There is something inarguably powerful and ominous about a thunderstorm. You can feel the electric charge in the air, the pent up tension in the atmosphere released by the low rumble of the thunder. The ground welcomed the water and I welcome this post-storm ozone-charged cooler air, the sound of tree frogs in the night, and the gentle splashing of the fish in the pond outside.
Next time the angels are bowling, try to find some peace with the storm and maybe you will be able to tap into the power of it just as I did at my hexenkopf.
May God bless you in all that you do.
|Posted by Rob Phoenix on March 12, 2023 at 12:20 AM
I learned so much from this video and I especially loved his clarification of what Vodou really is (and really is not) and how Hoodoo is a magical practice and Vodou is a religion. So much great information!
|Posted by Rob Phoenix on March 11, 2023 at 2:05 PM
Here's an old article from the Lock Haven Express, November 1976.
|Posted by Rob Phoenix on March 10, 2023 at 8:30 PM
The following documentary is a fascinating look at the Appalachian "granny" healers!
|Posted by Rob Phoenix on March 10, 2023 at 8:05 PM
In Louisiana, the very same practices that are kept by traditional Powwowers are also kept alive within the tradition of "treatuer" which is basically the Louisiana version of Powwowing. The following documentary, made 25 years ago, is a beautiful testament to this tradition.
|Posted by Rob Phoenix on March 9, 2023 at 8:00 PM
There is a young couple local to me that comes to me regularly for various Powwowing. They don't make appointments, they don't have a schedule, they just sort of show up whenever they like. And it's OK. I've known them for about five years now and I've enjoyed getting to know them as well as being able to help them.
Today I was walking one of the dogs and as we walked through the car port into our backyard, my regular clients emerged from the pathway along the side of my house.
We chatted for a few minutes, the normal pleasantries, and then I took the dog inside the house and came back outside to do the Powwow they needed.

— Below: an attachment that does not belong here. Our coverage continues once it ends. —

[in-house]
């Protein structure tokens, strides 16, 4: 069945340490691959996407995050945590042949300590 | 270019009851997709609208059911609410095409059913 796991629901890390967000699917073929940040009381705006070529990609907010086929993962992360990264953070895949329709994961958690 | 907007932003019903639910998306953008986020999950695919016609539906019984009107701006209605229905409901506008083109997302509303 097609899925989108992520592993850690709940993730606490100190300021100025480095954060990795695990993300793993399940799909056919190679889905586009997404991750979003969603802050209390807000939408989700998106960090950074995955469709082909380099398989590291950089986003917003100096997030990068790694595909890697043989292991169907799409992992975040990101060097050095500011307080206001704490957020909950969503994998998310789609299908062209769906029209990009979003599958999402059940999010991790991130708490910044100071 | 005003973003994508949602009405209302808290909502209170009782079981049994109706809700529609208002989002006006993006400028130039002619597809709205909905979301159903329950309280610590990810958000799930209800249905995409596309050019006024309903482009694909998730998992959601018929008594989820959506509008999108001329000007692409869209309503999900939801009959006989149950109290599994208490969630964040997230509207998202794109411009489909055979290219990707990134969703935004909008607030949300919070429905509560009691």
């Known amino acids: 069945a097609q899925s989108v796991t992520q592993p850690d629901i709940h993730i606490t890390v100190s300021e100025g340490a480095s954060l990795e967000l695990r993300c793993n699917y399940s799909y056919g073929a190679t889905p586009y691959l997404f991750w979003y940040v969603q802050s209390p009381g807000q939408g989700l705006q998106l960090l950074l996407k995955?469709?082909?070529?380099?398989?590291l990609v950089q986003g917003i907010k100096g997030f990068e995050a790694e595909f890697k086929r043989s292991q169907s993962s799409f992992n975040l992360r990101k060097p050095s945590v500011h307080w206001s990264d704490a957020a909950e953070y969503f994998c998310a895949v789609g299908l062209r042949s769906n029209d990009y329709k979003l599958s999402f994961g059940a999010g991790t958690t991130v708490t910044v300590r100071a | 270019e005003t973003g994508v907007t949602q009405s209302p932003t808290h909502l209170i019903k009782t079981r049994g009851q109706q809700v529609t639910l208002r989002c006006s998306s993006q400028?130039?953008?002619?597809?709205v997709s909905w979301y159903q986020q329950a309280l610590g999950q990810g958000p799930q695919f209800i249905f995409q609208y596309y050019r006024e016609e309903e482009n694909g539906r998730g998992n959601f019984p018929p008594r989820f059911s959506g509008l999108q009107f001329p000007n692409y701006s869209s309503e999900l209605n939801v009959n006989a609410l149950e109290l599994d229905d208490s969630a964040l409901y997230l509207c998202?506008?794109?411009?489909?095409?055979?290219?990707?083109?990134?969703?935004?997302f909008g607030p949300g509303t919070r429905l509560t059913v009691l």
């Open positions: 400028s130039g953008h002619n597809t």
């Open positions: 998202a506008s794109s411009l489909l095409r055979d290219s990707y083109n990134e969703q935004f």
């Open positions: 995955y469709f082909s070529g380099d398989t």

Sometimes Powwow is like that. A person stops by, they have a need, you chat for a few moments, then you do what they need and send them on their way.
Today I sent them home with a jar of homemade pickles. That's not typical, but I was feeling like they could use a little gift. Like I said, I enjoy their company and am always happy to see them when they show up.
The Regulars, as I call them, pop in maybe two or three times a year. They don't live far, they can walk to my house. They don't have a lot of money, they are just honest, salt-of-the-earth folks, and I'm happy to help them out.
As you grow your reputation as a local healer, you'll likely build a list of "regulars". And that's a good thing. As time passes, they become something like friends. They trust you, you know them, and the Powwow is effective. And if you can send them home with a jar of your own pickles, even better!
|Posted by Rob Phoenix on March 5, 2023 at 6:25 PM
Powwow charms are all spoken in the name of the Holy Trinity as found within Christian tradition.
In all of our early grimoires, we see this instruction as far back as the late medeival Catholic church in England. Cunning folk were unquestionably Christian according to the grimoires we have from the 1400's to the 1800's.
The three crosses were a universal understanding placed at the end of each charm or ritual to mean "in the name of God the Father, God the Son, and God the Holy Ghost."
This instruction still remains here in Pennsylvania within the Pennsylvania Dutch tradition of Powwow.
|Posted by Rob Phoenix on March 4, 2023 at 5:20 PM
When the waves of immigration began in the 1600's from the German-speaking lands to the rolling hills of Pennsylvania, a majority of those first brave souls settled in the Philadelphia area of Pennsylvania. As time passed, those folks moved north and east of Philadelphia and eventually the Pennsylvania Dutch Country was created.
The vast majority of Pennsylvania Dutch Country is the middle Eastern section of Pennsylvania, the southeast, and the south central counties of the state (as seen in the below image). Certainly, German-speaking immigrants have infiltrated all areas of the Commonwealth, but those that were exclusively "Pennsylvania Dutch" tended to stick to these particular regions.
The Pennsylvania Dutch Country is marked by it's architecture, culture, folk art, and way of life. Even in the modern day, the influence of the farming and gardening and religious traditions of the Pennsylvania Dutch remains. Indeed, the Pennsylvania Dutch country is often referred to as "the Hex Belt", which is the region where Powwowing has a strong history and remains a part of the modern culture.
I think the Pennsylvania Dutch are an extremely interesting culture as we have traditions and beliefs that have influenced religious and holiday traditions throughout our entire country. But nowhere are these traditions more prevalent than here in the region that is PA Dutch Country.
May God Bless you all in all that you do.